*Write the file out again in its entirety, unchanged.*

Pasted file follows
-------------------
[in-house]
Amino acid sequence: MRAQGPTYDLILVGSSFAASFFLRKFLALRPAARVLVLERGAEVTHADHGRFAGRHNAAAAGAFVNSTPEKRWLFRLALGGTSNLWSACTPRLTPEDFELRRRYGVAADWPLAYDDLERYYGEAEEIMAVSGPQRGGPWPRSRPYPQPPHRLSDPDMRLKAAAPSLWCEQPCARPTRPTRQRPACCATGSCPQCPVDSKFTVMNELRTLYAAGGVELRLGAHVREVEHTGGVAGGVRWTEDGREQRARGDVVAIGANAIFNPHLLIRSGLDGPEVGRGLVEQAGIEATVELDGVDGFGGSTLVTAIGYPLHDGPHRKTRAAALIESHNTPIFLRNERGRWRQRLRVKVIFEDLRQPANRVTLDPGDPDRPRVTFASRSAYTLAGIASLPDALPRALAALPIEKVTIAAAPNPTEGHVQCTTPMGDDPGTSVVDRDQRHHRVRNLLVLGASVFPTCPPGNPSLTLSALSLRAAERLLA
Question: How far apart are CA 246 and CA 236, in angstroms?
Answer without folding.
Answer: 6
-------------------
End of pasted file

[in-house]
Amino acid sequence: MRAQGPTYDLILVGSSFAASFFLRKFLALRPAARVLVLERGAEVTHADHGRFAGRHNAAAAGAFVNSTPEKRWLFRLALGGTSNLWSACTPRLTPEDFELRRRYGVAADWPLAYDDLERYYGEAEEIMAVSGPQRGGPWPRSRPYPQPPHRLSDPDMRLKAAAPSLWCEQPCARPTRPTRQRPACCATGSCPQCPVDSKFTVMNELRTLYAAGGVELRLGAHVREVEHTGGVAGGVRWTEDGREQRARGDVVAIGANAIFNPHLLIRSGLDGPEVGRGLVEQAGIEATVELDGVDGFGGSTLVTAIGYPLHDGPHRKTRAAALIESHNTPIFLRNERGRWRQRLRVKVIFEDLRQPANRVTLDPGDPDRPRVTFASRSAYTLAGIASLPDALPRALAALPIEKVTIAAAPNPTEGHVQCTTPMGDDPGTSVVDRDQRHHRVRNLLVLGASVFPTCPPGNPSLTLSALSLRAAERLLA
Question: How far apart are CA 246 and CA 236, in angstroms?
Answer without folding.
Answer: 6